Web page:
Oversupply is still a concern in many key markets. Investors will seek to lock in capital in well-leased office assets, including IT parks and SEZs in prominent locations. The price of such assets could either stand firm, or display some growth. Investment may also take the form of structured debt deals.
The introduction of Real Estate Investment Trusts (REITs) in 2014 is expected to be the single most consequential change in the country’s investment climate.
Kolkata’s office market witnessed low demand in Q1 2014 with transactions likely to improve in the medium term, while demand for investment-grade office space across leading cities in India slowed down in the first quarter of 2014, with around 6.3 million sq. ft. of grade A office space getting absorbed. The market witnessed slow transaction activity and a low level of new completions in the first quarter and leading cities continued to experience caution from corporate occupiers in the first three months of the year.
While the Kolkata commercial real estate market attracted reduced demand for office space during the first quarter, enquiry levels from prospective corporate occupiers indicate that office transaction activity is likely to pick up in the coming months. On the supply front, the peripheral locations of the city are likely to witness significant supply addition by the end of 2014, and office space rental values are expected to remain stagnant across most micro-markets of Kolkata in the coming months, according to Anshuman Magazine, CMD, CBRE South Asia Pvt. Ltd.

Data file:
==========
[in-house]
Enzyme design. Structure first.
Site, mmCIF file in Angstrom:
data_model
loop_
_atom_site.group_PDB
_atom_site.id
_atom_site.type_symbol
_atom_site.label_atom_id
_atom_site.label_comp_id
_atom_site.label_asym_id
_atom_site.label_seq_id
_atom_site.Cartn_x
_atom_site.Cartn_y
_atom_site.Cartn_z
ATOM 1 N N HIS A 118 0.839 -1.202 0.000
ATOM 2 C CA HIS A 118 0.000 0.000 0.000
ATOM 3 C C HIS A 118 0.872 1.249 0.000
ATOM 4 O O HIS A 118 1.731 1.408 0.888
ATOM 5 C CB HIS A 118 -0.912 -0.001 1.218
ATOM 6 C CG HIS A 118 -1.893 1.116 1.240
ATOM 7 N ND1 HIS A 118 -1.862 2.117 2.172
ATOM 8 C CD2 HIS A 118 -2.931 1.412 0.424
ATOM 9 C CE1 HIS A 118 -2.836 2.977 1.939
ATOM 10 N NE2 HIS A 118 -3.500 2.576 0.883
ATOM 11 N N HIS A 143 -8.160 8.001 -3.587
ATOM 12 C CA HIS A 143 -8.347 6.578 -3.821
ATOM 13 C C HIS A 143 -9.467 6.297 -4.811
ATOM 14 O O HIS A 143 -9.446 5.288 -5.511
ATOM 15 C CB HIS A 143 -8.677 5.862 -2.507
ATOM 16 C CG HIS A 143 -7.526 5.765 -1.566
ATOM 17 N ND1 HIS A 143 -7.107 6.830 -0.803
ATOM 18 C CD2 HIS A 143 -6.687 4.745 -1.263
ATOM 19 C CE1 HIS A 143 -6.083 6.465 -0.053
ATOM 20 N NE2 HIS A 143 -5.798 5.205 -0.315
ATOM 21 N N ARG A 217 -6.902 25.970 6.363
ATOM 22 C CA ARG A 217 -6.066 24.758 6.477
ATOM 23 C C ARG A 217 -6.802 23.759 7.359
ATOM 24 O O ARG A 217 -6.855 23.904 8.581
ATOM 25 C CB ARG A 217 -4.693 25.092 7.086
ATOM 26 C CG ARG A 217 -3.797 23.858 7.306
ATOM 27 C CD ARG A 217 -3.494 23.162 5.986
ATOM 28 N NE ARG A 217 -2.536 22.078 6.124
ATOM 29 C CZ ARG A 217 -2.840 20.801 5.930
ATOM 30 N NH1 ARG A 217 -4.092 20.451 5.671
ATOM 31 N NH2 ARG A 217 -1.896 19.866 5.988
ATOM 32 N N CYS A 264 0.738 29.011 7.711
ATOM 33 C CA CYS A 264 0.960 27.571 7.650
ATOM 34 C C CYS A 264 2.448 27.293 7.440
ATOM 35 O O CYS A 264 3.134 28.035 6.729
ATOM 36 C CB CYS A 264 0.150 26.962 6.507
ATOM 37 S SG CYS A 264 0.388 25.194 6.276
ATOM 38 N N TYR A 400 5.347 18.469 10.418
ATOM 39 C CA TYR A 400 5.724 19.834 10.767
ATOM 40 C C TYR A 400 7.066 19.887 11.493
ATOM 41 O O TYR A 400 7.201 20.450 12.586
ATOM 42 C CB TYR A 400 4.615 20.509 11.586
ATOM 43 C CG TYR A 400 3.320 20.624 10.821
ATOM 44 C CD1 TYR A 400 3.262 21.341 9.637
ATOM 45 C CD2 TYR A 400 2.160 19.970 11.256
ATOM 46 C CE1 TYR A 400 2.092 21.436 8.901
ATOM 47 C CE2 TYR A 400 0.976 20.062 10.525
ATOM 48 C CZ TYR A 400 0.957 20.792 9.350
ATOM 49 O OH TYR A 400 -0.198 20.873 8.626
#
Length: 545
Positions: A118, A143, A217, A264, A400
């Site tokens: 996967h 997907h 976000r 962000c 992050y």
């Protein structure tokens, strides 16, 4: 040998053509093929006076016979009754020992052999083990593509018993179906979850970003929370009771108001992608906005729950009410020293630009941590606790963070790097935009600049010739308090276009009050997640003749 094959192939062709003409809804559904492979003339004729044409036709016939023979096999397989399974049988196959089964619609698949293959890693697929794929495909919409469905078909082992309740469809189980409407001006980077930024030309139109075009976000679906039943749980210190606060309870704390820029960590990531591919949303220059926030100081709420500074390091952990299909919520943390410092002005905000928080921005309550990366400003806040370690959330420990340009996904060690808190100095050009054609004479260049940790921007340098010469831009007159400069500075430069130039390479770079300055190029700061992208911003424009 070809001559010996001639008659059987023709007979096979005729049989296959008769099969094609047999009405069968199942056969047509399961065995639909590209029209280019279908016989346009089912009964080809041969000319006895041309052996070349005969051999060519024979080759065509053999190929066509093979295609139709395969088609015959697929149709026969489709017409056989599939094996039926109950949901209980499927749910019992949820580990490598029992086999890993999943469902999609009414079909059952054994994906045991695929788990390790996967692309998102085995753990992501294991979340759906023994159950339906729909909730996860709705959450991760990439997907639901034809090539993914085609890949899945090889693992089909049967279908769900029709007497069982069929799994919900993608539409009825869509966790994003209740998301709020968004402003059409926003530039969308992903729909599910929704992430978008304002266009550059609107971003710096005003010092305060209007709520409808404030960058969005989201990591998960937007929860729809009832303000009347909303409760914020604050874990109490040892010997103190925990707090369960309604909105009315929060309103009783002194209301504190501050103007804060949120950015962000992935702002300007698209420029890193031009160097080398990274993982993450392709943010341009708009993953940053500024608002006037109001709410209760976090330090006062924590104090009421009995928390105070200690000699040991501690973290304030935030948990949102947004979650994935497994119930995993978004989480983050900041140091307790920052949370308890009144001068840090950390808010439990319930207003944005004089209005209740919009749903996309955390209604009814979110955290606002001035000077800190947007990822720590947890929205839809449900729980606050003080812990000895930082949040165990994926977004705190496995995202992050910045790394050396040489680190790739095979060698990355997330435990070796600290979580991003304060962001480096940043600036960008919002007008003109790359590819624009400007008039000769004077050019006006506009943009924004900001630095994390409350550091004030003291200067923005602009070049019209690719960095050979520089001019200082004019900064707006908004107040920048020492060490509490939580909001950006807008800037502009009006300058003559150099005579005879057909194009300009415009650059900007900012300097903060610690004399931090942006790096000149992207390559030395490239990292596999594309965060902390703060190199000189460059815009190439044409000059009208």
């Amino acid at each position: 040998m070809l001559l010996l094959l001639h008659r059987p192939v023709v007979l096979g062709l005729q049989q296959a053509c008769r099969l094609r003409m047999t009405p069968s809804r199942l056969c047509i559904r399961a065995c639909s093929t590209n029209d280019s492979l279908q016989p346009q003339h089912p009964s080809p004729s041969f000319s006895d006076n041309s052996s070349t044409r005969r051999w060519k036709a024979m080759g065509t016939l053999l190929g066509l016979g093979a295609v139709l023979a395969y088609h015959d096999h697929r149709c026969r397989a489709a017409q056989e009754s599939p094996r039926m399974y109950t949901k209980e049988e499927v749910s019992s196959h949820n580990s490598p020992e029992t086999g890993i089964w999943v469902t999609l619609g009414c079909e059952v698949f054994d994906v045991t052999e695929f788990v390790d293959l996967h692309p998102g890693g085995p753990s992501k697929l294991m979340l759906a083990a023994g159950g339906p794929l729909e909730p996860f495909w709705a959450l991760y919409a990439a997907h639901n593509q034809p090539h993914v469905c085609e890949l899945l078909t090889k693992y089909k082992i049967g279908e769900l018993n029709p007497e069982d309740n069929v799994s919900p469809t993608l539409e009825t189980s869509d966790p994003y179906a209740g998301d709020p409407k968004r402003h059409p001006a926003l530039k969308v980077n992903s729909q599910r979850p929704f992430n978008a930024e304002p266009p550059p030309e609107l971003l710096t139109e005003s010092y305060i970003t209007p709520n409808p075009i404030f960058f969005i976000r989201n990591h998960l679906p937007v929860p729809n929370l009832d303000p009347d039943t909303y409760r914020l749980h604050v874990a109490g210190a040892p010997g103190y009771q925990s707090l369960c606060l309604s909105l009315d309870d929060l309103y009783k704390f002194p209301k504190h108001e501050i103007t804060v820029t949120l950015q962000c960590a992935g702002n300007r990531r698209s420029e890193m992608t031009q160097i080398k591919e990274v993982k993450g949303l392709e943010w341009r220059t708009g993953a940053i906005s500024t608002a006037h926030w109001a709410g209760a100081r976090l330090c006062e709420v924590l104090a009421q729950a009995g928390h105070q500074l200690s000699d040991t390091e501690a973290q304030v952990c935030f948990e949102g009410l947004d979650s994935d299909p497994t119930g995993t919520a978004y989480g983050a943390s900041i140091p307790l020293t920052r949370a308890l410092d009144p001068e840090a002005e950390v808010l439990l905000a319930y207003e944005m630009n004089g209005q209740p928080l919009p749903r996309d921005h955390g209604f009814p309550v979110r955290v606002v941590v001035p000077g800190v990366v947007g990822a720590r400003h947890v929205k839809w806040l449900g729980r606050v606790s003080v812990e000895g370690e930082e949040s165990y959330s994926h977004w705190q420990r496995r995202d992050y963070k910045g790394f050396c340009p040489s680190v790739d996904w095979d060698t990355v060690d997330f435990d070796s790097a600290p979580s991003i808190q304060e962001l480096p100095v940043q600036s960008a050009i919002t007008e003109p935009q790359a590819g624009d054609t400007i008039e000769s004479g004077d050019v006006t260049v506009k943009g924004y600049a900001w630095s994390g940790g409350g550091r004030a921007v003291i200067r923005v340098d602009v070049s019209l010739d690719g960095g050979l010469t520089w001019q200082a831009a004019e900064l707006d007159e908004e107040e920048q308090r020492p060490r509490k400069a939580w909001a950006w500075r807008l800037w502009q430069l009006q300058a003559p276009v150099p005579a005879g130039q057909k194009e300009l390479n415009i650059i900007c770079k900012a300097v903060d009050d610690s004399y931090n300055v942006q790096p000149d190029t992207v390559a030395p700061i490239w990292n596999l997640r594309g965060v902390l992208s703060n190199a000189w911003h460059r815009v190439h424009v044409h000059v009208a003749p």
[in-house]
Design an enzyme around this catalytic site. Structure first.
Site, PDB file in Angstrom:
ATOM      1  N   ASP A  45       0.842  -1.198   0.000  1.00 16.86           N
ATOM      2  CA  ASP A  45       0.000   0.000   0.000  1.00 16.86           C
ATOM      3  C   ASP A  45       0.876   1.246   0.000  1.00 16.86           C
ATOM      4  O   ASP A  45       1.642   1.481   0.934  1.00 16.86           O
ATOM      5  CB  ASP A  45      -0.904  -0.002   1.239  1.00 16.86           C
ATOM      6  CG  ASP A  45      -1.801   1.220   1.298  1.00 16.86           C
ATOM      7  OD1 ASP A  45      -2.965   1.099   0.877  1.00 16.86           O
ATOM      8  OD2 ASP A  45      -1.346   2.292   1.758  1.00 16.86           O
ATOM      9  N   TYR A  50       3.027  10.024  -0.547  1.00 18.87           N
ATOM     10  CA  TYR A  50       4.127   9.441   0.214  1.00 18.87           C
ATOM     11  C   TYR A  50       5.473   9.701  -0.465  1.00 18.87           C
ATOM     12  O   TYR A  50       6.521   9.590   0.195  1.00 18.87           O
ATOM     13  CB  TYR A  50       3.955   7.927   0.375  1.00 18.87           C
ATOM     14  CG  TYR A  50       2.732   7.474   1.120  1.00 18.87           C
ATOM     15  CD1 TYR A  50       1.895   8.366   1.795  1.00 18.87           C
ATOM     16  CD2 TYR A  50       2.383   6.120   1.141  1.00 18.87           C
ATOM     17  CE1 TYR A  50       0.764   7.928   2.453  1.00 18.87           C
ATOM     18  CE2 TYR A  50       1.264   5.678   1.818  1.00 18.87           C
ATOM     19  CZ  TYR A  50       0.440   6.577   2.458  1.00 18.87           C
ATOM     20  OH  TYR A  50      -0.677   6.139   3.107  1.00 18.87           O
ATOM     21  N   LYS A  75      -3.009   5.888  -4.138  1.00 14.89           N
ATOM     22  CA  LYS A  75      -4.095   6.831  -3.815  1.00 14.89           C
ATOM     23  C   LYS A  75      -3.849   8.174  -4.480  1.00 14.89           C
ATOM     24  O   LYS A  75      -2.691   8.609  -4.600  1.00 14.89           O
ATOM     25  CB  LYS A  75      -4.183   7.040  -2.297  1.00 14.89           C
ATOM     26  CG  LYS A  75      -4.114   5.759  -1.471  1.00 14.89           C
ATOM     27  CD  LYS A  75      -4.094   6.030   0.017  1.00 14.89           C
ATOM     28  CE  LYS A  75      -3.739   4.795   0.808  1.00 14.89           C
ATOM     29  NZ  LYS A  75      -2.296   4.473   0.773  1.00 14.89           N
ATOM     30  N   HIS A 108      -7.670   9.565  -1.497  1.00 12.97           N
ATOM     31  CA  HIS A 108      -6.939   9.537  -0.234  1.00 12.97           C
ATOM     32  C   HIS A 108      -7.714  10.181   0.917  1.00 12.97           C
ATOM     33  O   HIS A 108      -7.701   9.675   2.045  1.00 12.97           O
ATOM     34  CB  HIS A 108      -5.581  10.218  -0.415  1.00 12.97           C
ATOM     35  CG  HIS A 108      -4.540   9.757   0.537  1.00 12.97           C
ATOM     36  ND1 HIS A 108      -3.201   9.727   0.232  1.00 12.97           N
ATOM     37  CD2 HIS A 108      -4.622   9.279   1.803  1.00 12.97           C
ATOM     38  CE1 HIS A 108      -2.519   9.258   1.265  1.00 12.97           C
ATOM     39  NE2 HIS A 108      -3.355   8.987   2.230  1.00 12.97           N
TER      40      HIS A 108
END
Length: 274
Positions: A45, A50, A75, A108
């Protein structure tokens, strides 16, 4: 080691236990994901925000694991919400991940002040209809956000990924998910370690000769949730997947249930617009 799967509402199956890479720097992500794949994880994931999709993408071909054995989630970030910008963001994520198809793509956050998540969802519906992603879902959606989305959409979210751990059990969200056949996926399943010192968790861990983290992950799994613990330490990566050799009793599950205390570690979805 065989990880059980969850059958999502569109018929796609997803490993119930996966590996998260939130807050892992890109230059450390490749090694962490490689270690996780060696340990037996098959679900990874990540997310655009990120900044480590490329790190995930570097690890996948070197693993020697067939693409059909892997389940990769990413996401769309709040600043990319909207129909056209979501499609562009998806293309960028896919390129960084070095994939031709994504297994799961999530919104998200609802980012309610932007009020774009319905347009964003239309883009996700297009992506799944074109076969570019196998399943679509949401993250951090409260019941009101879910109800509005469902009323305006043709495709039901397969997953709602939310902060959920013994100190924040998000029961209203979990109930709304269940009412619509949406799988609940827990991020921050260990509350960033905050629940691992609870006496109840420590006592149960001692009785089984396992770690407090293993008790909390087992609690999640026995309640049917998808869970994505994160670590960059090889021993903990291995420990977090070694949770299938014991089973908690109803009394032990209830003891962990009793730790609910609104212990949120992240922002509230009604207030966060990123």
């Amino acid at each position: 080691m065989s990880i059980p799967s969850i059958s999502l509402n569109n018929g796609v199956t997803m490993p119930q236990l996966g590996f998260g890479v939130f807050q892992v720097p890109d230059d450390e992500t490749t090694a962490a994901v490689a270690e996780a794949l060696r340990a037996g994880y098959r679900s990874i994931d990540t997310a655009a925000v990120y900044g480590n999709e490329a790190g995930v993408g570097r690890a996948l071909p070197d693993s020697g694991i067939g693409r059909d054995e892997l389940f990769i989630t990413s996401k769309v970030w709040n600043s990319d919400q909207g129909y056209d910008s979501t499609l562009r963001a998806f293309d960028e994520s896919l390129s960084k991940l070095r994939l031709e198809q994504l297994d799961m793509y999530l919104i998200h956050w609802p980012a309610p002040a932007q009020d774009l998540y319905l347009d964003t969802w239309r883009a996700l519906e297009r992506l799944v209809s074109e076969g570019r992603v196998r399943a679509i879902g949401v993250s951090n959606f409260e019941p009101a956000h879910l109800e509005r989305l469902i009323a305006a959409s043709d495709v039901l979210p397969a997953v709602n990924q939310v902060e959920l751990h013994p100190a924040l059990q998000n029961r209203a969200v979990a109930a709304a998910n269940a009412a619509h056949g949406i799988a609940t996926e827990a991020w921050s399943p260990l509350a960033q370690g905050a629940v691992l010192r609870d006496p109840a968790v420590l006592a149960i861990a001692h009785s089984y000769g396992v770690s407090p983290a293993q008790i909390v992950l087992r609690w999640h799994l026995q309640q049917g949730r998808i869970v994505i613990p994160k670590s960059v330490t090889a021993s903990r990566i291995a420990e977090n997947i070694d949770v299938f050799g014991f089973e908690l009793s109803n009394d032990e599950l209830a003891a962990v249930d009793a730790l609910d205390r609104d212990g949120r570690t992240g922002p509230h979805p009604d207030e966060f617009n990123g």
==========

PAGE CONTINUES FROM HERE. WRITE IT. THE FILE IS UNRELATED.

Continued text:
During the first quarter of 2014, Kolkata’s Central Business District (CBD) of Chowringhee, B.B.D Bagh, Park Street and Camac Sreet witnessed a low level of commercial leasing activity in the first quarter. On the supply front, around 30,000 sq. ft. of office space was added to the existing stock resulting into a marginal increase in vacancy levels. Rental values remained largely stable in this micro-market.
The secondary micro-markets of EM Bypass, Kasba–Gariahat, Topsia and Sarat Bose Road saw sluggish transaction activity during the quarter. There was no addition to the office stock in this micro-market, and vacancy levels remained largely stable over the previous quarter.